Canadian scientists breathed a sigh of relief last week when Canada’s newly elected Prime Minster Justin Trudeau announced that his government would no longer be censoring scientists — which was apparently something the last guy was into.
“The nightmare is over,” Canadian scientist Max Bothwell told reporter Andrea Woo. Woo writes about the monumental amount of red tape involved when talking to scientists working under Stephen Harper’s administration in the Globe and Mail:
One 2014 request to interview Dr. Bothwell, by Canadian Press reporter Dene Moore, resulted in 110 pages of e-mails to and from 16 federal government communications operatives – but no interview. Brad Taylor, an ecologist at Dartmouth College in New Hampshire who co-authored a paper with Dr. Bothwell, was quoted instead.
Dr. Bothwell called the experience “personally frustrating and embarrassing.”
“The way [the muzzling] is received by people like me is that these people don’t value me and they don’t trust me,” he said. “That message came across crystal clear: Scientists are not respected and they are not trusted.”
This seemed especially to apply to scientists working in climate change. Former prime minister Stephen Harper was notoriously regressive on the issue — and notoriously accommodating to the fossil fuel industry.
Bothwell told Woo that his work on an algae known as rock snot, or Didymosphenia geminata, became problematic after he linked the increase in rock snot blooms to environmental degradation. “I list a series of four hypotheses that might explain this, and one of them is climate change,” Dr. Bothwell said.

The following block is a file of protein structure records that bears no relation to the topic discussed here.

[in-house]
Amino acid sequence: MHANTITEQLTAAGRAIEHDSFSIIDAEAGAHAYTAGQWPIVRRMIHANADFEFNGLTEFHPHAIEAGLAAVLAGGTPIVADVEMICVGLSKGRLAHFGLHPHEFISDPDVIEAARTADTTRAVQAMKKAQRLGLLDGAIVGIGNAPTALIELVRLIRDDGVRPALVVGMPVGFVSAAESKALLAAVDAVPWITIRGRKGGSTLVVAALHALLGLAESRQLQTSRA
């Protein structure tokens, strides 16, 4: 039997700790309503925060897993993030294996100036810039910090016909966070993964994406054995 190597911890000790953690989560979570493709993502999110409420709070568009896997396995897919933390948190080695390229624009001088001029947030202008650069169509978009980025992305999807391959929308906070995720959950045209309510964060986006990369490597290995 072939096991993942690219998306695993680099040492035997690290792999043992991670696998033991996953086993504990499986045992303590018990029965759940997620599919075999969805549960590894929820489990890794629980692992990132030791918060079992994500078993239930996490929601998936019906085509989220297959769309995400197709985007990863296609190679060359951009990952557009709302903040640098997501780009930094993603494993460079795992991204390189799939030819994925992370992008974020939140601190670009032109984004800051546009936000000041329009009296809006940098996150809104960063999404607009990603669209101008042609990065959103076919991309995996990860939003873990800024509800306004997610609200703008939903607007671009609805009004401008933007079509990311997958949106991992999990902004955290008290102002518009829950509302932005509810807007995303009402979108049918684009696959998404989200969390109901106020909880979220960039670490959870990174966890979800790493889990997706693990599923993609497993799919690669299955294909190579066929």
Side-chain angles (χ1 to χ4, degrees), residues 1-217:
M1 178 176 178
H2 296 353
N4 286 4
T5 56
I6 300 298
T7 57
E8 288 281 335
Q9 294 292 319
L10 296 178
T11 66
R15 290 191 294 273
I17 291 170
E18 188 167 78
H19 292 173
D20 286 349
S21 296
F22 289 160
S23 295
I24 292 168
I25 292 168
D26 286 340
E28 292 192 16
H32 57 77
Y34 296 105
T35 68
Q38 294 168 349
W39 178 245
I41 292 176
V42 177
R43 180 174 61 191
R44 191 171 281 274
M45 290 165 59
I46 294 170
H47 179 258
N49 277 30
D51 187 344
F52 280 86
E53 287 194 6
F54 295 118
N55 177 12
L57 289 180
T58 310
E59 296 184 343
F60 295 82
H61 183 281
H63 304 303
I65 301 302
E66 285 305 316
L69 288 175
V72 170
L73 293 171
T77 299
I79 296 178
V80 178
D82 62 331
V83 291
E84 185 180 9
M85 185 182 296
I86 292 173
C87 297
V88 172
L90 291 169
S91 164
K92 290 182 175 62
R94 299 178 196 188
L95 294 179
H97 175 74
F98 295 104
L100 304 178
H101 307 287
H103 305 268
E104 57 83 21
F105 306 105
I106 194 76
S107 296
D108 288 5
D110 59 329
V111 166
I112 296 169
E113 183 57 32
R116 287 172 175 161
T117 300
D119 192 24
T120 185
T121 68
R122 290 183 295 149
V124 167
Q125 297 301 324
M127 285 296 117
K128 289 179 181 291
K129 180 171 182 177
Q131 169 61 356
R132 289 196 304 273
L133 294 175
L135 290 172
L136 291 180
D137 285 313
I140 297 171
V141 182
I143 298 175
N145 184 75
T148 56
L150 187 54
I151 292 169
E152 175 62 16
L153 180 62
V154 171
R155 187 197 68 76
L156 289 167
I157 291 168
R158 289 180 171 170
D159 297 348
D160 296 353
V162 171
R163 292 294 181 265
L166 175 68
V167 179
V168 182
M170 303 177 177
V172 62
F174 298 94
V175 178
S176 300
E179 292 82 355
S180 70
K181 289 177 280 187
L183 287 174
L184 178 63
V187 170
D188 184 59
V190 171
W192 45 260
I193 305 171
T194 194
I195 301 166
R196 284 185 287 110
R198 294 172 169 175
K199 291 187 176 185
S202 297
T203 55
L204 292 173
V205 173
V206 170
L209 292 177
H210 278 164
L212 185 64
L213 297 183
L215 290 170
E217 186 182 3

Bothwell isn’t alone. Woo interviewed other scientists who also talked about their difficulty talking to the media under Harper, including Philippe Thomas, a federal wildlife biologist studying mammals living in the Alberta oil sands. Woo writes:
Mr. Thomas acknowledges that the idea of “cute, furry animals” dying in the oil patch could have been controversial, had that been the case. But while final results won’t be ready for some time, preliminary data show that contaminant levels are “by no means high,” suggesting wildlife and industry can co-exist.
“In the end, had the interviews been granted, they would have realized that there’s no big story at the moment,” he said. “There’s nothing to report on that’s ground-shattering. The levels I’m detecting are often lower than other parts [of Canada].”
And hopefully now that the veil of secrecy has been lifted, we’ll be able to hear about it.